FIG. 1 shows an exemplary embodiment 10 where the touch screen display 12 is located immediately above the fuel pump 11. In this figure, the fuel pump 11 is shown with broken lines so that the dimensions of the display 12 may be more easily observed. It should be noted that it is not a requirement for any embodiment for locating the display 12 in the precise location shown in FIG. 1. Embodiments may locate the display 12 to either side of the fuel pump 11 or may integrate the touch screen display 12 with the fuel pump 11 itself. The display 12 is not required to be adjacent to the fuel pump 11 but is only required to be in proximity to the fuel pump 11. Embodiments may place the display 12 between approximately 5 and 25 feet from the fuel pump 11.

The traditional card reader 13 is shown on the fuel pump 11 and is traditionally used for ‘pay at the pump’ purchases of fuel. Some embodiments may allow patrons to select items for purchase from the display 12, and utilize the traditional card reader 13 for payment of the selected items.

FIG. 2 shows an exemplary embodiment for the touch screen display 12. A housing 14 may be used to enclose the interior electronics for the display and protect the various components from the elements. The display area 15 may display advertisements and menu icons for selection by the patron. Screen shots for an embodiment of the display area 15 are discussed in detail below. An optional audio device 16 may be used to send audio messages, music, instructions, advertising messages, and/or sound effects to the patron. The audio device 16 may comprise a hypersonic sound device which transmits audio at a frequency above 20 k Hz. A proximity sensor (not shown) may also be used with the display 12 to sense the presence of a patron (or their automobile) and begin an advertising stream or other associated messages upon their presence.

Also shown is the optional touch screen card reader 17, which allows patrons to pay for in-store items while still at the fuel pump. This may permit the display 12 to function as a point of sale (POS) device, thus containing all the necessary hardware and software required to facilitate payment by the patron. However, as discussed above, some embodiments may use the traditional card reader 13 (shown in FIG. 1) to complete the POS device. Again, further embodiments may allow patrons to order items from the display 12, but must pay for the associated items with POS devices within the store.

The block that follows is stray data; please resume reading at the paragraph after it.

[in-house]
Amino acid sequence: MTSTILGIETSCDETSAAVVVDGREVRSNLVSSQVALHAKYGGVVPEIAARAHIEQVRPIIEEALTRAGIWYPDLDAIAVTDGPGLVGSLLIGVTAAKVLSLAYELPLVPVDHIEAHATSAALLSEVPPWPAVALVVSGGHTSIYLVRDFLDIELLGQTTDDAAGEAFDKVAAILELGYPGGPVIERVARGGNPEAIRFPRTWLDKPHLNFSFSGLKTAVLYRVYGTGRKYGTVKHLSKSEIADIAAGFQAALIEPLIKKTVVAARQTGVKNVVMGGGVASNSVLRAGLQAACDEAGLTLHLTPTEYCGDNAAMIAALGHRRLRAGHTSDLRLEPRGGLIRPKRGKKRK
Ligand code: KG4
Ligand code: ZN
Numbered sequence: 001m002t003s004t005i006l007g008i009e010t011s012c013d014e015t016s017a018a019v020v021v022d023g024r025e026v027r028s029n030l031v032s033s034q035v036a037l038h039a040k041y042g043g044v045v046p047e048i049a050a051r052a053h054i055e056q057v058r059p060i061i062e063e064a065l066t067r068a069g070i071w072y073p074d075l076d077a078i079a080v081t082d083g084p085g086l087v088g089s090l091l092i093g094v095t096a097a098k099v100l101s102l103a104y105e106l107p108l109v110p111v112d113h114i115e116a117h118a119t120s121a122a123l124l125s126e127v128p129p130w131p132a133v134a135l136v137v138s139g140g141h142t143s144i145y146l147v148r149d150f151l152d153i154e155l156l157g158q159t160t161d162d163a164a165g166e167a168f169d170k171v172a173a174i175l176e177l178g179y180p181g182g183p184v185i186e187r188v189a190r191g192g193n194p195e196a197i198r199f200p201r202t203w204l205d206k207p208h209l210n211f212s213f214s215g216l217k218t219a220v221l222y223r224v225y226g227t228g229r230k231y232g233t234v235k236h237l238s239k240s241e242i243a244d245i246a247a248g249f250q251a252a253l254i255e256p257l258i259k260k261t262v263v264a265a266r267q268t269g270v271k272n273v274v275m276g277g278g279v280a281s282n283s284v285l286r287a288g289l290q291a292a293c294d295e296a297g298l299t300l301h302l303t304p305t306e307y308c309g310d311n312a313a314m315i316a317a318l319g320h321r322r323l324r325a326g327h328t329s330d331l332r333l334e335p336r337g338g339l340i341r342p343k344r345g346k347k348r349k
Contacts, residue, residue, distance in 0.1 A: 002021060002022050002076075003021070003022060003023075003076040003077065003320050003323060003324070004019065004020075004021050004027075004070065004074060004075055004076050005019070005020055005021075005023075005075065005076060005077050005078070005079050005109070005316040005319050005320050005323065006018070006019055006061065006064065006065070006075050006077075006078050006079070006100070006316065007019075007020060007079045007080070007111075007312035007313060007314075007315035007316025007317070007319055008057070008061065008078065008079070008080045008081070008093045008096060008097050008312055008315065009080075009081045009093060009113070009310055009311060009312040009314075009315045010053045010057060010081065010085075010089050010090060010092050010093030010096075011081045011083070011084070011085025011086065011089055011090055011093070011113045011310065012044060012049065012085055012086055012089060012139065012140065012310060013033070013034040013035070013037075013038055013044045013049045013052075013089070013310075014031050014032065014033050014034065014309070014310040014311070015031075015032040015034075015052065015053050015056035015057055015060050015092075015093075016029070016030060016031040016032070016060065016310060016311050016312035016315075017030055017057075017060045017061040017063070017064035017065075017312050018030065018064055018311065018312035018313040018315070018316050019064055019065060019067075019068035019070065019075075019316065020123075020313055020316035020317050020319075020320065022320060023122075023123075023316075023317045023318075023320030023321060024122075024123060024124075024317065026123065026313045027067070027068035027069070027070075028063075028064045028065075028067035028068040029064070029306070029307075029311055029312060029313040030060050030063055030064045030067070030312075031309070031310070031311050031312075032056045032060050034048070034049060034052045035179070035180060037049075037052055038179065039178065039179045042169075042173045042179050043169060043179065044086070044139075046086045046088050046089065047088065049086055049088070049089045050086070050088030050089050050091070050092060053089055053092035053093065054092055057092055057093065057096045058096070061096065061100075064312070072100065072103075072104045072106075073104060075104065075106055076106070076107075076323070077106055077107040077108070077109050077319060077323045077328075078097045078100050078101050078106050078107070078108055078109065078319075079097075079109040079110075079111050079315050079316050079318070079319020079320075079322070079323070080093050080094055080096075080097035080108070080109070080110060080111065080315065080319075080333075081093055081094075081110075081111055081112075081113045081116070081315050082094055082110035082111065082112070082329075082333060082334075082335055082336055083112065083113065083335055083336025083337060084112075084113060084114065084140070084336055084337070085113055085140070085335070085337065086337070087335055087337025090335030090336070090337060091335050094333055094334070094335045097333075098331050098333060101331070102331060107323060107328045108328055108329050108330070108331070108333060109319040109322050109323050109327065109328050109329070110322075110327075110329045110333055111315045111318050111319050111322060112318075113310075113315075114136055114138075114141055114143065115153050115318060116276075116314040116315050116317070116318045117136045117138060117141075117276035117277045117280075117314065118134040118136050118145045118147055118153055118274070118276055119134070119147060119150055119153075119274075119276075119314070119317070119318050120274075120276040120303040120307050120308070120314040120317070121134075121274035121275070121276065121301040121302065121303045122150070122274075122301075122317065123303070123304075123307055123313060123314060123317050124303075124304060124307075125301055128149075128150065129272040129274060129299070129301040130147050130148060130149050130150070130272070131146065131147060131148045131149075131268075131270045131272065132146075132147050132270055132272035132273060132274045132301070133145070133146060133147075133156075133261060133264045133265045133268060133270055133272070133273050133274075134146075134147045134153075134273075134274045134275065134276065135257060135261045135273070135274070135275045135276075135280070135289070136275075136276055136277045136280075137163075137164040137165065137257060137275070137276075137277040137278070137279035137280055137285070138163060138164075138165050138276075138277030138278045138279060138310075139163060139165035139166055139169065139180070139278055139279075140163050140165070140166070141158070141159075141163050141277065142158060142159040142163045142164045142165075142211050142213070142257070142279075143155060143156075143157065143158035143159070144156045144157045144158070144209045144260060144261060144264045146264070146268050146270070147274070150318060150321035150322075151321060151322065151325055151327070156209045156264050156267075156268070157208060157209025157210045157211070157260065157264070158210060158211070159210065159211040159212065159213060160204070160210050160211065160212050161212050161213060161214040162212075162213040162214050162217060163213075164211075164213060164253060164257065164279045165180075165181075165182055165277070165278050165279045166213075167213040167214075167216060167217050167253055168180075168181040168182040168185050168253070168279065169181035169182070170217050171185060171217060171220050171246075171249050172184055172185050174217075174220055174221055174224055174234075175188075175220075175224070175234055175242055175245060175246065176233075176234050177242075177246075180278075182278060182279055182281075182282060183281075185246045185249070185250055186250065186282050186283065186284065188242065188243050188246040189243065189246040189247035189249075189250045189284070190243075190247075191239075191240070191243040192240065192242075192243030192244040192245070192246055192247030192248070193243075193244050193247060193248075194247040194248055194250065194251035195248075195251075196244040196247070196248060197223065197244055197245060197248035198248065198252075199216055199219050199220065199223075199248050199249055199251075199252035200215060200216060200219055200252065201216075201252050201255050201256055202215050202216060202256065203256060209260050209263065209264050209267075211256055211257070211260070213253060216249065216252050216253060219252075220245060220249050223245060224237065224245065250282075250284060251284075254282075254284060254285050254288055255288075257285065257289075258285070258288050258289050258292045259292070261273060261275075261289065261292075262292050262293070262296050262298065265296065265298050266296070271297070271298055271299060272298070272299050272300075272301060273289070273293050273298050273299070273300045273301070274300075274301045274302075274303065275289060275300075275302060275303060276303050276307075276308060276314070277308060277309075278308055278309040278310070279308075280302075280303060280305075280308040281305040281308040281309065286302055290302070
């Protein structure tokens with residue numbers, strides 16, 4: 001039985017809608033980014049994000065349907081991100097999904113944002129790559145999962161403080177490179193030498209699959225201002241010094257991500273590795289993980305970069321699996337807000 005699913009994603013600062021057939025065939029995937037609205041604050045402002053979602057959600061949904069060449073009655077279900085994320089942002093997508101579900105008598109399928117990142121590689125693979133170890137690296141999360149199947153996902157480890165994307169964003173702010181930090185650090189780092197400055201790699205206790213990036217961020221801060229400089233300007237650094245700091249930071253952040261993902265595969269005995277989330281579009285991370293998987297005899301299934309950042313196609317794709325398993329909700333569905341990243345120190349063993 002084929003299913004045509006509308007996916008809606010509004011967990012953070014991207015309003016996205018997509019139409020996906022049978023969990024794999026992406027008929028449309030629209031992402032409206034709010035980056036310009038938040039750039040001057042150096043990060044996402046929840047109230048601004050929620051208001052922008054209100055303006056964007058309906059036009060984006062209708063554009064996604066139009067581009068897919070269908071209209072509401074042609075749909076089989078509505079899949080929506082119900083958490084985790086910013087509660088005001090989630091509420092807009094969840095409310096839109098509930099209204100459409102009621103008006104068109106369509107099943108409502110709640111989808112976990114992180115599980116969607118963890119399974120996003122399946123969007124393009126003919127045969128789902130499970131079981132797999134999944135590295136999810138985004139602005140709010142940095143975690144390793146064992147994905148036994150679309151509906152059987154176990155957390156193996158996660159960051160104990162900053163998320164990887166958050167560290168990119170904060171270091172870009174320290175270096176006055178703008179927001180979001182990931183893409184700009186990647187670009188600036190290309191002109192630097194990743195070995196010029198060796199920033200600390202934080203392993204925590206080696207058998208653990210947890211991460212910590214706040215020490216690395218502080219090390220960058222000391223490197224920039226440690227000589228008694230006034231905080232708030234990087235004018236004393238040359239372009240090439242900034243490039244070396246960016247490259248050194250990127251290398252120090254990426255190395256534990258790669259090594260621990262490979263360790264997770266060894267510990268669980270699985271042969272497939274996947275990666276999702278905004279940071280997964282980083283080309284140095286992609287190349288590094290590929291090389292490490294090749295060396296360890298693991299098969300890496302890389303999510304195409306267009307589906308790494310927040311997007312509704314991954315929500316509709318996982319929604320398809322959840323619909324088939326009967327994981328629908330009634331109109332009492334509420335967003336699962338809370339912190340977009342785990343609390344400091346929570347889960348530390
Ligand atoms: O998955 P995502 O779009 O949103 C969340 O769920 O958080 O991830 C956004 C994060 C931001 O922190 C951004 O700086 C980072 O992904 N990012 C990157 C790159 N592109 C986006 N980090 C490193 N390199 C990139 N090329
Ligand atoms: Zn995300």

It should be noted that any form of touch screen technology may be used in the exemplary embodiments. These technologies would include but are by no means limited to: 4 or 5 wire resistance, surface acoustic wave, infrared, and near field imaging. Further, embodiments may be practiced with any form of flat panel display, including but not limited to LCD, plasma, and organic LED.

FIG. 3A shows an example of several icons which may be used as a graphical user interface (GUI) to permit a patron to order a sandwich from an in-store sandwich provider (either within the convenience store or as an attached restaurant). Obviously, sandwiches are only one item which could be ordered using the embodiments described herein. However, the specific customer requirements which can be handled by a GUI as shown herein can easily be adapted by one skilled in the art to order any other type of item from a convenience store or associated restaurant.

The menu title 100 may describe the category of icons that are being displayed and may prompt the patron for action/selection. Here, a plurality of different items 105 are being offered. A language icon 106 is also shown which may allow the patron to select a different language. Further, navigation icons 107 may be used to allow the patron to cancel an order, return to a previous menu, or return to the advertisement or other graphics which were previously displayed.

FIG. 3B shows a menu which may follow a patron's selection of ‘sub’ from the previous menu in FIG. 3A. Here, a plurality of different subs 110 are being offered for selection along with a ‘more subs’ icon 111 which may display another menu of available subs. Navigation icons 107 are again shown at the bottom of the GUI.

FIG. 3C shows a menu which may follow a patron's selection of ‘turkey sub’ from the previous menu in FIG. 3B. Here, a plurality of different toppings 115 are being offered for selection along with a more detailed amount icon 116 which permits the patron to select the precise amount of each topping that they desire. An order summary window 117 may be used to provide the patron with a running total cost associated with the current order as well as the details regarding each previous menu selection.